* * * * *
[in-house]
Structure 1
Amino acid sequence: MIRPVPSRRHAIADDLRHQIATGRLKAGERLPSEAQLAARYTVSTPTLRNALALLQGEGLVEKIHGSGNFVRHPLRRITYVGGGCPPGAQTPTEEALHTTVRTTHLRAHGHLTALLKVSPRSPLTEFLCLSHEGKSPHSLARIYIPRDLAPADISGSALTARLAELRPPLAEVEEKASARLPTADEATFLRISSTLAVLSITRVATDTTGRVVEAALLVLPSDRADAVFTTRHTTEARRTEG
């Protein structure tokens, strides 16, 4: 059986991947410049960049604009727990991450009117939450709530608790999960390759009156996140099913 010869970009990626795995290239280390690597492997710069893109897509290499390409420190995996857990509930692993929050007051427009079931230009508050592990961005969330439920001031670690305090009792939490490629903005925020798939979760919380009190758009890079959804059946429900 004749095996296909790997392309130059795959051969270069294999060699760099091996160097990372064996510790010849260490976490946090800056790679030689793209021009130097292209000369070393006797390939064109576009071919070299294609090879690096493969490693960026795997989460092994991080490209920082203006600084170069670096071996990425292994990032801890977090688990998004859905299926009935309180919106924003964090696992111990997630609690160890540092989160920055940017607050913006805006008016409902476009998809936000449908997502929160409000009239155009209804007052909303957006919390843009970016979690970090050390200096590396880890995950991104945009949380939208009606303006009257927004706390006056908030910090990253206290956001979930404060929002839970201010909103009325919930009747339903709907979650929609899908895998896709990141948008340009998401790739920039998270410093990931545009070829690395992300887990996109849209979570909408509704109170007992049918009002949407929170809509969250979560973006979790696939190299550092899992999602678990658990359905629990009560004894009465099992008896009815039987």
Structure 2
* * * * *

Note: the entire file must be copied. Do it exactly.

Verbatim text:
[in-house]
Structure 1
Amino acid sequence: MIRPVPSRRHAIADDLRHQIATGRLKAGERLPSEAQLAARYTVSTPTLRNALALLQGEGLVEKIHGSGNFVRHPLRRITYVGGGCPPGAQTPTEEALHTTVRTTHLRAHGHLTALLKVSPRSPLTEFLCLSHEGKSPHSLARIYIPRDLAPADISGSALTARLAELRPPLAEVEEKASARLPTADEATFLRISSTLAVLSITRVATDTTGRVVEAALLVLPSDRADAVFTTRHTTEARRTEG
């Protein structure tokens, strides 16, 4: 059986991947410049960049604009727990991450009117939450709530608790999960390759009156996140099913 010869970009990626795995290239280390690597492997710069893109897509290499390409420190995996857990509930692993929050007051427009079931230009508050592990961005969330439920001031670690305090009792939490490629903005925020798939979760919380009190758009890079959804059946429900 004749095996296909790997392309130059795959051969270069294999060699760099091996160097990372064996510790010849260490976490946090800056790679030689793209021009130097292209000369070393006797390939064109576009071919070299294609090879690096493969490693960026795997989460092994991080490209920082203006600084170069670096071996990425292994990032801890977090688990998004859905299926009935309180919106924003964090696992111990997630609690160890540092989160920055940017607050913006805006008016409902476009998809936000449908997502929160409000009239155009209804007052909303957006919390843009970016979690970090050390200096590396880890995950991104945009949380939208009606303006009257927004706390006056908030910090990253206290956001979930404060929002839970201010909103009325919930009747339903709907979650929609899908895998896709990141948008340009998401790739920039998270410093990931545009070829690395992300887990996109849209979570909408509704109170007992049918009002949407929170809509969250979560973006979790696939190299550092899992999602678990658990359905629990009560004894009465099992008896009815039987």
Structure 2